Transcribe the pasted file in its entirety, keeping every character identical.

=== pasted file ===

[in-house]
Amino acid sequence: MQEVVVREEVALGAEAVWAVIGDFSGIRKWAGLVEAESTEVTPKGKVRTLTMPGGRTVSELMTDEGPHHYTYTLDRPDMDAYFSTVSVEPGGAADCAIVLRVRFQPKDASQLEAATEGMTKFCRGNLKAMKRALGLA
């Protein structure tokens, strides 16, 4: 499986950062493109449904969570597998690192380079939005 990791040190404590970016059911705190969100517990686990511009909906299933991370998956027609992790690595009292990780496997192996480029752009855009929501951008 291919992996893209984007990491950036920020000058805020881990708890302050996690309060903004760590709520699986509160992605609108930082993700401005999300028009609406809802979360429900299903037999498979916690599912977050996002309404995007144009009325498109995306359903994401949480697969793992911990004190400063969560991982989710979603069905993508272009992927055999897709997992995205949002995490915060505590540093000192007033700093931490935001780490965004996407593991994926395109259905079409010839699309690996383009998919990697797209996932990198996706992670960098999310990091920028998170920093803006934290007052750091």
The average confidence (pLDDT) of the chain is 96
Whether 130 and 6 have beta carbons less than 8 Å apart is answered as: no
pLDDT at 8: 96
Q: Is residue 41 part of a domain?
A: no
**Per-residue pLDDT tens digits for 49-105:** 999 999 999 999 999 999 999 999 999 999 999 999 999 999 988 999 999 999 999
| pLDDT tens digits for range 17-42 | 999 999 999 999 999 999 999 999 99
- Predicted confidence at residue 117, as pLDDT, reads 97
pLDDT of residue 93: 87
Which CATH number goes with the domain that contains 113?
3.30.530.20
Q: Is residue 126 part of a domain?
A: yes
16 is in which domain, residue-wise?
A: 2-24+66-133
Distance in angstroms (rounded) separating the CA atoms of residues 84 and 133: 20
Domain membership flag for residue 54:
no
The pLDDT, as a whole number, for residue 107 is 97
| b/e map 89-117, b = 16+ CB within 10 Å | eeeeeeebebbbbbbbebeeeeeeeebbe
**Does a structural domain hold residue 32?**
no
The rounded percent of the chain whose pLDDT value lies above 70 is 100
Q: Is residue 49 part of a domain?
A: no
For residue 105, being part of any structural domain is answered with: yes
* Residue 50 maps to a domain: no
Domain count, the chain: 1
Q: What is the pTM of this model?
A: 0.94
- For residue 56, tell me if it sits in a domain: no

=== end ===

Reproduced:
[in-house]
Amino acid sequence: MQEVVVREEVALGAEAVWAVIGDFSGIRKWAGLVEAESTEVTPKGKVRTLTMPGGRTVSELMTDEGPHHYTYTLDRPDMDAYFSTVSVEPGGAADCAIVLRVRFQPKDASQLEAATEGMTKFCRGNLKAMKRALGLA
């Protein structure tokens, strides 16, 4: 499986950062493109449904969570597998690192380079939005 990791040190404590970016059911705190969100517990686990511009909906299933991370998956027609992790690595009292990780496997192996480029752009855009929501951008 291919992996893209984007990491950036920020000058805020881990708890302050996690309060903004760590709520699986509160992605609108930082993700401005999300028009609406809802979360429900299903037999498979916690599912977050996002309404995007144009009325498109995306359903994401949480697969793992911990004190400063969560991982989710979603069905993508272009992927055999897709997992995205949002995490915060505590540093000192007033700093931490935001780490965004996407593991994926395109259905079409010839699309690996383009998919990697797209996932990198996706992670960098999310990091920028998170920093803006934290007052750091």
The average confidence (pLDDT) of the chain is 96
Whether 130 and 6 have beta carbons less than 8 Å apart is answered as: no
pLDDT at 8: 96
Q: Is residue 41 part of a domain?
A: no
**Per-residue pLDDT tens digits for 49-105:** 999 999 999 999 999 999 999 999 999 999 999 999 999 999 988 999 999 999 999
| pLDDT tens digits for range 17-42 | 999 999 999 999 999 999 999 999 99
- Predicted confidence at residue 117, as pLDDT, reads 97
pLDDT of residue 93: 87
Which CATH number goes with the domain that contains 113?
3.30.530.20
Q: Is residue 126 part of a domain?
A: yes
16 is in which domain, residue-wise?
A: 2-24+66-133
Distance in angstroms (rounded) separating the CA atoms of residues 84 and 133: 20
Domain membership flag for residue 54:
no
The pLDDT, as a whole number, for residue 107 is 97
| b/e map 89-117, b = 16+ CB within 10 Å | eeeeeeebebbbbbbbebeeeeeeeebbe
**Does a structural domain hold residue 32?**
no
The rounded percent of the chain whose pLDDT value lies above 70 is 100
Q: Is residue 49 part of a domain?
A: no
For residue 105, being part of any structural domain is answered with: yes
* Residue 50 maps to a domain: no
Domain count, the chain: 1
Q: What is the pTM of this model?
A: 0.94
- For residue 56, tell me if it sits in a domain: no